The department of oncology and hematology in Braunsweig clinic (Germany) is a highly specific oncologic center that offers diagnostics and treatment of oncologic diseases including leukemia using the recent scientific and medical advances and methods. Leukemia is a tumor disease of blood system that can be both acute and chronic. Today, this disease is successfully treated in numerous German clinics including ours department. We help about 10.000 patients with leukemia annually.
What is leukemia?
Leukemia (also called lymphoblastoma or blood cancer) is a group of tumor diseases that grow uncontrollably and have various etiology. Symptoms of leukemia are defined by its type and form, and can develop while normal cells are replaced with leukemic ones, which contributes to development of different complications (bleeding, anemia and so on).
Body cells in normal state usually divide, maturate, die and perform their functions according to the progam they are assigned. After cell death, they’re disrupted, and new cells maturate and grow at their place.
As for cancer, it presupposes some abnormality on cell program: they concern multiplication, life cycle and functions, which results into uncontrollable growth and division. Leukemia is a type of cancer that affects cells of bone marrow – the cells that serve as basic ones for blood cells (leukocytes and erythrocyte, white and red blood cells, and thrombolytic, or blood plates).
Blood cancer is a tumor that develops from one cell that’s directly connected with bone marrow. It presupposes its uncontrollable division within some certain time period that can last for several weeks, or several months.
Besides, this process is accompanied by displacement and suppression of other blood cells, e.g. normal cells (suppression defines their growth and development). Considering these peculiarities, the symptoms of blood cancer will be directly connected with the lack of this or that type of normal functioning cells. The tumor itself does not exist in human body in case of blood cancer, and it cannot be seen, because it’s spread over the body, and this spread is conditioned by blood flow.
Classification of leukemia types
Basically, there are two types of leucosis: acute and chronic, and they’re based on aggressiveness of the disease.
Acute leucosis presupposes having a lot of malignant immature cells that do not perform their functions. In this case, the symptoms of leucosis are manifested soon, and the disease progresses pretty quickly. It is revealed at earlier stages, and timely treatment can appear to be very helpful to prolong patient’s life expectancy.
Chronic leucosis means that cancerous cells can perform their functions, which is why the symptoms of disease are not manifested for a long time. Pretty often, chronic leucosis is revealed accidentally, for instance, when a patient goes through prophylactic examination, or his blood has to be examined for some reasons. The development of chronic leucosis is less aggressive than its acute form, however, it does not exclude the possibility of its progress, because the amount of cancer cells in blood is constantly growing.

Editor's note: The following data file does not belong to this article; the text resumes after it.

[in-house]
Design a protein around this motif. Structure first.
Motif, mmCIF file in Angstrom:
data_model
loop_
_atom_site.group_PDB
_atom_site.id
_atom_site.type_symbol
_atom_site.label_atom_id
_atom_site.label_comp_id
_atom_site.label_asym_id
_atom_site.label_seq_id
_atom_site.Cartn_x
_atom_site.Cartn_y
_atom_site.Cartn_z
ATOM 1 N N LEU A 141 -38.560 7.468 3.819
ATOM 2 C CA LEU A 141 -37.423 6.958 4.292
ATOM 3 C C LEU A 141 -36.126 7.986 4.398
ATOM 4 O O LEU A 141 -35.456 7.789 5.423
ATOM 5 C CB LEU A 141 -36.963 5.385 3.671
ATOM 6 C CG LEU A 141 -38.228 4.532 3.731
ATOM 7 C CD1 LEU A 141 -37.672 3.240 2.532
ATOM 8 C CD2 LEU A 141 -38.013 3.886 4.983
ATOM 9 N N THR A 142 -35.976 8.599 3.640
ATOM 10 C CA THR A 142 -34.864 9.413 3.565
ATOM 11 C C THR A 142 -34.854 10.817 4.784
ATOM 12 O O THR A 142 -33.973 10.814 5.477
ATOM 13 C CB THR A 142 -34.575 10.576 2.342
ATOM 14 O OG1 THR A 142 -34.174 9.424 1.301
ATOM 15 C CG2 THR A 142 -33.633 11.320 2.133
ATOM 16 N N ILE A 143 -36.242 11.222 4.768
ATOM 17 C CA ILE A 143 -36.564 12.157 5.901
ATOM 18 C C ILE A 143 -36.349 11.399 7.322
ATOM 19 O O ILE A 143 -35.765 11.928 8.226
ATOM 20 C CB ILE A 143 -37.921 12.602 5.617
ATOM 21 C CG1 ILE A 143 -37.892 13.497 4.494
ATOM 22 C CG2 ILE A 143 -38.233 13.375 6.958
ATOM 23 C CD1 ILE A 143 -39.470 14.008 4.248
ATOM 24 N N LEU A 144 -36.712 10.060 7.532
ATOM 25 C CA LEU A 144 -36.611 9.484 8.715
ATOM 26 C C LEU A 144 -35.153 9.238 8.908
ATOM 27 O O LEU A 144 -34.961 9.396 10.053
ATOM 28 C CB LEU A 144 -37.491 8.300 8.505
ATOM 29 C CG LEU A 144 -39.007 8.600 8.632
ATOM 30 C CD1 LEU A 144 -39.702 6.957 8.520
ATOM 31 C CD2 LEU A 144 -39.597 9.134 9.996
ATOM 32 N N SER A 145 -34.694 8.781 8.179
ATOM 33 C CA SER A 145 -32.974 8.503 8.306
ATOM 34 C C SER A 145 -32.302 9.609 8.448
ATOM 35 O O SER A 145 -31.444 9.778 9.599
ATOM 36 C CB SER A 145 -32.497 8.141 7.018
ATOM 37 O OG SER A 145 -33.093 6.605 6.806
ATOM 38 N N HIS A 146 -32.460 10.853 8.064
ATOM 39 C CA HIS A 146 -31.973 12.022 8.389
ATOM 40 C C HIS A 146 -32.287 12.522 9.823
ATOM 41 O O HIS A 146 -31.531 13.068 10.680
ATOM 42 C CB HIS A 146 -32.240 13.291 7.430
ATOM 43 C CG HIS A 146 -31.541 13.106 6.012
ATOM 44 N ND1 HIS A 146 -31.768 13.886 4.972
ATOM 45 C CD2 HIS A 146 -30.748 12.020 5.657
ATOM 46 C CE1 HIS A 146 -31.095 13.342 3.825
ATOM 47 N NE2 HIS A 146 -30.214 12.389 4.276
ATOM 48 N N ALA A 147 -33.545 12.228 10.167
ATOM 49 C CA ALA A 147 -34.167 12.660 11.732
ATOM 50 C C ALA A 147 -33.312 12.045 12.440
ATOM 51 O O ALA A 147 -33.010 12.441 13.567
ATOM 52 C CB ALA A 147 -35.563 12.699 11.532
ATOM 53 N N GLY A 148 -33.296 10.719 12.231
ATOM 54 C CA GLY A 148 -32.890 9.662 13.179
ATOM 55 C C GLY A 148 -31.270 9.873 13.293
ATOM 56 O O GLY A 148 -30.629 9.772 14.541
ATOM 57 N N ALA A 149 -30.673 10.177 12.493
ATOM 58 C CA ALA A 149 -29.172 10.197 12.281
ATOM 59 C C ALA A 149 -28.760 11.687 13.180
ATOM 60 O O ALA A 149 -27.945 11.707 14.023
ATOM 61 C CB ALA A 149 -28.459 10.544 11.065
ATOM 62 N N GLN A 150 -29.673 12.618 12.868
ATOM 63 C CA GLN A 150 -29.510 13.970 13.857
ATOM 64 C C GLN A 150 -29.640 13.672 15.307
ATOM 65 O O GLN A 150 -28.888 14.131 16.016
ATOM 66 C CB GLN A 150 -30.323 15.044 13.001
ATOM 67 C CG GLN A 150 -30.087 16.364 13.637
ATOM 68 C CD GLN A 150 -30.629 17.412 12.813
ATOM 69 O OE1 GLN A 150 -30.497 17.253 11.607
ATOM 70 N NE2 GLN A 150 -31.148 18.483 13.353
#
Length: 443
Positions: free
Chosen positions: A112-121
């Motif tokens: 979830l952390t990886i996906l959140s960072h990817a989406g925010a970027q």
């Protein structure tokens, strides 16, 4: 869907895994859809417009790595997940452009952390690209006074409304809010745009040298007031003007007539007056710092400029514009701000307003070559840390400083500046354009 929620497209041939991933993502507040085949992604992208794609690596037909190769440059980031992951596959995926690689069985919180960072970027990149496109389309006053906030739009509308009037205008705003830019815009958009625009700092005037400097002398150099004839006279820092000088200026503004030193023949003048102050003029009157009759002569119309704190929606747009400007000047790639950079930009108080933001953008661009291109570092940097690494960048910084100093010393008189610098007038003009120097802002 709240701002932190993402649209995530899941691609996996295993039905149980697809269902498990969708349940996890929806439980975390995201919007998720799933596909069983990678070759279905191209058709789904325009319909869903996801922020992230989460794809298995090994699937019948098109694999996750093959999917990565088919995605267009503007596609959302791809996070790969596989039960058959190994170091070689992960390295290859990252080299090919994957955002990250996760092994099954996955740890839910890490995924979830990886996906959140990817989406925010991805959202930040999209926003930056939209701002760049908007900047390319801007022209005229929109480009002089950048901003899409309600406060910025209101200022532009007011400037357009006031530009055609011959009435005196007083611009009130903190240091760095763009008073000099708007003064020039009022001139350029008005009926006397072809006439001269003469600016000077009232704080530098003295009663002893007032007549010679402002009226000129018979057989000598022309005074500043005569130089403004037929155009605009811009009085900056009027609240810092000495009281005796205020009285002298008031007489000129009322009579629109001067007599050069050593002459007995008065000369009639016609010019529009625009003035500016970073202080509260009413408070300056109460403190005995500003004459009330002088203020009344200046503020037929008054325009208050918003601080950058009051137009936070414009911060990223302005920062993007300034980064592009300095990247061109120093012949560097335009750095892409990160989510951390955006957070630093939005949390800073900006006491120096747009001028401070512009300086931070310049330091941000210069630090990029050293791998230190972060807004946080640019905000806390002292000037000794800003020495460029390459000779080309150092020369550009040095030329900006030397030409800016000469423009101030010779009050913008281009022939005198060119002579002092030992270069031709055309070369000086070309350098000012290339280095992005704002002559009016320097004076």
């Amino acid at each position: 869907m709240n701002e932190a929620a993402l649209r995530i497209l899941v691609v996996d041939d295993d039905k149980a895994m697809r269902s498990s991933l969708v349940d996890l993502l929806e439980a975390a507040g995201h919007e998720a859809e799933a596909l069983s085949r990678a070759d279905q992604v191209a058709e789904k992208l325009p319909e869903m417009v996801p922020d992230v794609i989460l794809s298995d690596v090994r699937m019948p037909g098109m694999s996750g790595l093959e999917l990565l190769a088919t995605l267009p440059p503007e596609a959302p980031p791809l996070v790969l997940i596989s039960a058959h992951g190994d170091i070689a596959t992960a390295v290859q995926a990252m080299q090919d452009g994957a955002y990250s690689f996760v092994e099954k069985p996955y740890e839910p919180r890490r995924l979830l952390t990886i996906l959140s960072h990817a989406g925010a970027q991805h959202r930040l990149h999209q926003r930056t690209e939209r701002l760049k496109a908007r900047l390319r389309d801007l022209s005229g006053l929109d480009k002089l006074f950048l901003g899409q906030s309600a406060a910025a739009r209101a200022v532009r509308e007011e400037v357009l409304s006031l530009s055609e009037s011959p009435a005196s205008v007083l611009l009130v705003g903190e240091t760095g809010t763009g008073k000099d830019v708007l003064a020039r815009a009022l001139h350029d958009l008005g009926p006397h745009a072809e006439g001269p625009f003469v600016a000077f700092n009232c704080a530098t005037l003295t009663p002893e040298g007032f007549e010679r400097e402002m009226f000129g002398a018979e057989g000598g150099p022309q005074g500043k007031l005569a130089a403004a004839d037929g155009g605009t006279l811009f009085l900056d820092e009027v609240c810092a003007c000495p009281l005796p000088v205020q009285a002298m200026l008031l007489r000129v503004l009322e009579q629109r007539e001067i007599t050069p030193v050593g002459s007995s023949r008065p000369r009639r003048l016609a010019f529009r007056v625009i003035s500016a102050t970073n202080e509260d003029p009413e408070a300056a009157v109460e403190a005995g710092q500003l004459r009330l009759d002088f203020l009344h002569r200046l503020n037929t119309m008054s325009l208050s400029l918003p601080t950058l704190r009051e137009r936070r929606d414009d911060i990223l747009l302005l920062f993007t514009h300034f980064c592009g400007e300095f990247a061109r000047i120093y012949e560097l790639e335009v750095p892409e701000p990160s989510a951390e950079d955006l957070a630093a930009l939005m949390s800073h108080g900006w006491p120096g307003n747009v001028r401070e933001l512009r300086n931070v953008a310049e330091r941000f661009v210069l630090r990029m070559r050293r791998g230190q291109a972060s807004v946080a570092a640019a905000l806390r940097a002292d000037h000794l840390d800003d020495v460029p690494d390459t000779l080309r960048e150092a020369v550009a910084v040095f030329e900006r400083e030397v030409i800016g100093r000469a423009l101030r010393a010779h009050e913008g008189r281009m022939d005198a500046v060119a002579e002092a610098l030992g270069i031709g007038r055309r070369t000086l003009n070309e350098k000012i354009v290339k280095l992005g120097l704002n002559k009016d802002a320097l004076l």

Both of these forms have one peculiarity: despite scenarios of many other diseases, acute form of leukemia will never turn into chronic, just like chronic form cannot become acute. Therefore, to define whether leukemia is chronic or acute, the doctors should define a certain scenario of its development.
Depending on the type of leukocytes involved in pathological process, the following types of leucosis are differentiated:
Chronic lymphocytic leukemia (also called as „chronic lymphocytic leukemia“, or „chronic lymphocytic leucosis“) is a type of blood cancer that’s accompanied by abnormalities in division of lymphocytes in bone marrow, or abnormalities in their maturation.
Chronic myelocytic leukemia (also called as „chronic myeloleukemia“, „myelocytic chronic leukemia“) – is a type of blood cancer that leads to abnormalities in development or maturation of cells of bone marrow, and these cells are usually young forms of erythrocytes, thrombocytes and leukocytes.
Acute lymphoblastic leukemia (also called as „acute lymphocytic leukemia“) is development of blood cancer that’s characterized by abnormalities of maturation and division of lymphocytes in bone marrow.
Acute lymphoblastic leukemia (also called „acute myeloleukemia“, or „myeloblative acute leukosis“) – in this case, blood cancer is accompanied with abnormalities in multiplication and maturation of cells of bone marrow, and these cells play the roles of young erythrocytes, thrombocytes and leukocytes. Depending on the type of cells involved in pathological process, the following forms of cancer development are differentiated:
- leukosis without corresponding cell maturation;
- leukosis during which cells maturate, but not to a full extent;
- proelomonocytic leukosis;
- myelomonocytic leukemia;
- monoblastic leukemia;
- megakaryoblastic leukemia.
Causes of leukemia
Today, scientists don’t know for sure what causes leukemia. However, some perspectives are directly connected with the diseases and are believed to trigger its development. These factors include: